Christianity has never existed in a vacuum but always in the context of social and cultural values. At times in the past Christianity has been able to influence popular culture but in more recent years the boot has been on the other foot. There have been times when Christians have loudly protested at times such as when Harry Potter novels became very popular, though that only surfaced in America when the large sum of money that J. K. Rowling was earning from the novels that patriotic Americans were objecting as much to the funds crossing the Atlantic as to the dangers of the occult which they were officially protesting about. At other times when popular culture attacks Christian values it is met with apathy, possibly because of the previous failures to turn the tide of secular thinking. In fact there are so many attacks from all directions that many Christians are often unaware of the more subtle ones.
Several years ago I read The Girl With the Dragon Tattoo trilogy by Stieg Larsson because I had heard people talking about in the media. I was surprised how morally challenging the books were. Being set in Sweden I was not surprised that they were written from a left-wing standpoint. But I was surprised to the degree the whole ethos of the characterisation of the various plots and subplots was opposed to Biblical values. Though I have to admit that this was in hindsight. Initially the first character you come across is the proprietor of a monthly magazine called Millennium which champion the “new morality,” who has just lost a libel/defamation case and gets sent to prison. To get his own back on the capitalist who brought the case, he is assisted by the eponymous girl who is an expert hacker. Though there was a warning early on when his daughter (he is divorced) makes a couple of brief appearances she is described as an evangelical Christian but he thinks the people she is associating with have brainwashed her, It was not so much that fact that he seemed to have sex with every woman he worked with that was disturbing to me. It was when the heroine uses the knowledge she has obtained by illegal methods to perpetrate a massive fraud on the aforesaid capitalist. Though this is treated as a side issue through the main twists and turns of the main plot where the heroine is depicted as a victim. She is never even suspected of the fraud by the Swedish authorities though falsely accused of other crimes including murder. All those the author deems good guys are secular, and left of centre or centre in politics. Anybody right of centre turns out to be fascist and treat their wives appallingly. Looking back I now see clear double standards being applied, I also heard that when the author died he left his unmarried partner nothing in his will even though she claimed she had helped him with ideas for his books. So much for the morally superior tone of his works.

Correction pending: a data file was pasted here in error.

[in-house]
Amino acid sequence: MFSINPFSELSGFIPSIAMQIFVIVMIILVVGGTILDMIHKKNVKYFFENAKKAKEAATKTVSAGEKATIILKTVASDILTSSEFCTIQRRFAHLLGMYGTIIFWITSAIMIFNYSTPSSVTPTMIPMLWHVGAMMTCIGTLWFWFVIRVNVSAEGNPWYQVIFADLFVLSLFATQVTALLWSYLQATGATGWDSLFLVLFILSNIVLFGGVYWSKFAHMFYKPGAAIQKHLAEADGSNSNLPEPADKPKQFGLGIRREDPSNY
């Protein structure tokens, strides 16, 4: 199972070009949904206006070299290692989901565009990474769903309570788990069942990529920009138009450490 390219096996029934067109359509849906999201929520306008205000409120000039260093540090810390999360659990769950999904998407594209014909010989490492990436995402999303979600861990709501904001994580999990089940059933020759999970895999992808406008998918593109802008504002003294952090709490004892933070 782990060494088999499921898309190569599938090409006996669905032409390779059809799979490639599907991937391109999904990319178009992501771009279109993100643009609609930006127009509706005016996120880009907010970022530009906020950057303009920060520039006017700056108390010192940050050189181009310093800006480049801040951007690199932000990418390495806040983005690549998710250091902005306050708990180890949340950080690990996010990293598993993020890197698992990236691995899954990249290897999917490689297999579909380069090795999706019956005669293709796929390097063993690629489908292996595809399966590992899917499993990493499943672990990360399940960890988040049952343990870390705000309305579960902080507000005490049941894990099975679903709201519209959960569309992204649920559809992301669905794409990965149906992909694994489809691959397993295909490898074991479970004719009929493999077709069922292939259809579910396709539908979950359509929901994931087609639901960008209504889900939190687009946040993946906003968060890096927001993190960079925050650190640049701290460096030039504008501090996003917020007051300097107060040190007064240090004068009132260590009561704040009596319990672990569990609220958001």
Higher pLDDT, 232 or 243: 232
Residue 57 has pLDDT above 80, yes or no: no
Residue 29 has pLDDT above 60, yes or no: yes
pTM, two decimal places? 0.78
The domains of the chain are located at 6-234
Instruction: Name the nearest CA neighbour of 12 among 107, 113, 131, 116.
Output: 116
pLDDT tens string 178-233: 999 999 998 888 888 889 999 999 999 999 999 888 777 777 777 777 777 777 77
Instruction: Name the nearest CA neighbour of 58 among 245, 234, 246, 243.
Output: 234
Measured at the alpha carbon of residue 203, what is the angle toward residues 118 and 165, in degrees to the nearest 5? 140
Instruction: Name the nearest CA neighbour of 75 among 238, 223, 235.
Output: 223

When I look at the media today where many express similar views, and look to Sweden and other Scandinavian countries as utopian societies, one can see similar double standards operating. It is just that they are blind to their own prejudices. Too often people overlook the failings of people with similar views as mere foibles yet demonise those of their opponents as abhorrent. One of the problems the Church faces is that it is often unaware how much their congregations are taking in unbiblical attitudes and beliefs in without often realising how they absorb the ethos of the world around them. Instead of being the salt of the earth as Jesus said and impacting the world around it.
David Rose, 2018